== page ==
Mozambique Imported cooking oil worth US$74.4 million during the first quarter of this year, at a time when the government has as one of its stated priorities the replacement of imports through local production.
Figures from the Bank of Mozambique’s Statistics and Reporting Department indicate that Mozambique spent around US$320.1 million importing cooking oil last year.
Ministry of Agriculture and Rural Development (MADER) figures made public at the beginning of this year however suggest that the country has recently made considerable progress in producing oilseed, essential for reversing the import scenario.
MADER points out that production grew by 26% in the 2020-2021 campaign, especially in sunflower crops, which grew by 55%, followed by cotton (37%), soybeans (35%) and sesame (25%).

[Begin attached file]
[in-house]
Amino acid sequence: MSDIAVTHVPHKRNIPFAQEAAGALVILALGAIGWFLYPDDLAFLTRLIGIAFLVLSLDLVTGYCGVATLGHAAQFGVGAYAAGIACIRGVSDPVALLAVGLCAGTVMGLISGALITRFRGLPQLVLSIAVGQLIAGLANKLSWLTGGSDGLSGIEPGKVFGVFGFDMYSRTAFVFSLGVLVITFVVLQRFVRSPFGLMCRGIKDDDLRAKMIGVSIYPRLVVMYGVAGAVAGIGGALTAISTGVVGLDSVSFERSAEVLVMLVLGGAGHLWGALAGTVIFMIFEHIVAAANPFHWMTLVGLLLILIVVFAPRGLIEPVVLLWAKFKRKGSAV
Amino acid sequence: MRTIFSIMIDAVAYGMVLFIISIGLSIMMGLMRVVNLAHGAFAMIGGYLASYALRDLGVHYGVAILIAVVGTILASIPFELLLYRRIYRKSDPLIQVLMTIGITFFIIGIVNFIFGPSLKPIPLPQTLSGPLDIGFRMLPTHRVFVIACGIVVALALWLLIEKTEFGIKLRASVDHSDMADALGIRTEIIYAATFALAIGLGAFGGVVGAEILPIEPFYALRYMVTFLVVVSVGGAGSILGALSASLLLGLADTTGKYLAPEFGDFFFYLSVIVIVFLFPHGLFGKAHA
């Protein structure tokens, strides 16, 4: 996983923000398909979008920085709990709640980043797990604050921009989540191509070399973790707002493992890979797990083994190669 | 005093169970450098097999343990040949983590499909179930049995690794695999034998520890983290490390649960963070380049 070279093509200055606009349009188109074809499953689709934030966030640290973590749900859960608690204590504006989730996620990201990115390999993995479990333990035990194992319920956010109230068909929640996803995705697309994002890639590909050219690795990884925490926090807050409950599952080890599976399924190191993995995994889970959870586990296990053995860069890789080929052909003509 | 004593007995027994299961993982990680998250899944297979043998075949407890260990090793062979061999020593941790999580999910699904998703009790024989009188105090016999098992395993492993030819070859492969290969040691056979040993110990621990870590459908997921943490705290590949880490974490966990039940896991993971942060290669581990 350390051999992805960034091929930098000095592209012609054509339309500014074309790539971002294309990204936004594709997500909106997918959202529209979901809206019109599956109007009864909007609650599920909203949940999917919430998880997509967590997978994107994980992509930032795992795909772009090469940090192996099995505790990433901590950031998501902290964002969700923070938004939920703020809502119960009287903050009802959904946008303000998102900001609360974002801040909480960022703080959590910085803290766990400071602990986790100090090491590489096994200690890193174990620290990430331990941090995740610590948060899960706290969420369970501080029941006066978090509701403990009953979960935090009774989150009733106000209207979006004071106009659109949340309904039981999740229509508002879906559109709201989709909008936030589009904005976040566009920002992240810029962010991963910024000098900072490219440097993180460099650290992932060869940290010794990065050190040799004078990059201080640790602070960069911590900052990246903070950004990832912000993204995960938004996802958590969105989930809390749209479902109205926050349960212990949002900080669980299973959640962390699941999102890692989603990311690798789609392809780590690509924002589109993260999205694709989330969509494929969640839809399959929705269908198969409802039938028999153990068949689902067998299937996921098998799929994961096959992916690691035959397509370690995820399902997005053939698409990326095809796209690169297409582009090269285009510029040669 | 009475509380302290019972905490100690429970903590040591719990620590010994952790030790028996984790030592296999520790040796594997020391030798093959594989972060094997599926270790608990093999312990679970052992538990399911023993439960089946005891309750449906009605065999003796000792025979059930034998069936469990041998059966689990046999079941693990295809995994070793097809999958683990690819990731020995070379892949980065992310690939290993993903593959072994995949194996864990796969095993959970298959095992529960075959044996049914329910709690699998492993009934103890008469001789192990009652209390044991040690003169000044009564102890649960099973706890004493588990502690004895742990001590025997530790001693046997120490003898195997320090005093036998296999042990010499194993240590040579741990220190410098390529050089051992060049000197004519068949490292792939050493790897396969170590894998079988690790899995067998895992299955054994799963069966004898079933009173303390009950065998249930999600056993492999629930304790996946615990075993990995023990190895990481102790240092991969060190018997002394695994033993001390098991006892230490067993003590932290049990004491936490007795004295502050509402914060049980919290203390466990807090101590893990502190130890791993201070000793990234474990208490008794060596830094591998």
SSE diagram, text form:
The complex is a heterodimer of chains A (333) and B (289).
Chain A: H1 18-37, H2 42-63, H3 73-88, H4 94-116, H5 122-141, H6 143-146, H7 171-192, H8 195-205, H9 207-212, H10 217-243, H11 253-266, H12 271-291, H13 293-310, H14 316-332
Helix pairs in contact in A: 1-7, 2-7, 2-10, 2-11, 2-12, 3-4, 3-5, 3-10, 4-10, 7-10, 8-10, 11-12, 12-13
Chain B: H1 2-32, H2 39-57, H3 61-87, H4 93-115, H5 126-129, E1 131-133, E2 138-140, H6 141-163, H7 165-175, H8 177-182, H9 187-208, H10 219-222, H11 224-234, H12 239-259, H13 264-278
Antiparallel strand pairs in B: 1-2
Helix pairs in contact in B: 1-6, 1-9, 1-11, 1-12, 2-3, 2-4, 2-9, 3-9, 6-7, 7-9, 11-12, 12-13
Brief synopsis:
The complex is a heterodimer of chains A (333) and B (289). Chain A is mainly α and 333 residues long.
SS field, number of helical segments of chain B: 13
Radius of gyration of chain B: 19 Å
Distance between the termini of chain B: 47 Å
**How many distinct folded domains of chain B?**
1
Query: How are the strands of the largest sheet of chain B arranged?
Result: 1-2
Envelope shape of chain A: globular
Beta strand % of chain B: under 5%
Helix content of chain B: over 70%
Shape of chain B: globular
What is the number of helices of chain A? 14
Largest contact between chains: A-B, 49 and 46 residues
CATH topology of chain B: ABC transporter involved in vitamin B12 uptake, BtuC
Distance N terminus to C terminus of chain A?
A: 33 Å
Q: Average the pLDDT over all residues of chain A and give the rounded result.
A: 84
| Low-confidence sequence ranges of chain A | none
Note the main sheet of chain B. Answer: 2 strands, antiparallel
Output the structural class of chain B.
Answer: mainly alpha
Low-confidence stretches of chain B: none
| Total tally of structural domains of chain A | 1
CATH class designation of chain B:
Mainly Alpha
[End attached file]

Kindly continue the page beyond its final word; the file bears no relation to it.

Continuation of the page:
In Mozambique, oilseed production involves around 750,000 families, and involves minimal production technologies.
Overall, it is estimated that the country is producing around 400,000 tons of various oilseeds annually, with an average of around 150,000 tons of sesame, 104,000 tons of peanuts, 70,000 soy, 50,000 tons of cotton, 23,000 tons of copra and 7,000 tons of sunflower.
Despite these levels of production, Mozambique remains hostage to imports of cooking oil and similar derivatives. The government believes that creating more investment opportunities is key to reversing the dependence on imports.
The Institute of Cotton and Oilseeds of Mozambique (IAOM) espouses this strategy of producing more and importing less. Additionally, by-products from the production of cooking oil generate other business opportunities such as in animal nutrition or the production of biofuels.
The Bank of Mozambique Statistics Department also reveals that the country spent around US$56.7 million on rice imports in the first quarter of this year.
In 2021, rice imports cost the country about US$342.3 million in total, an increase on 2020, when Mozambique imported rice valued at US$227.8 million.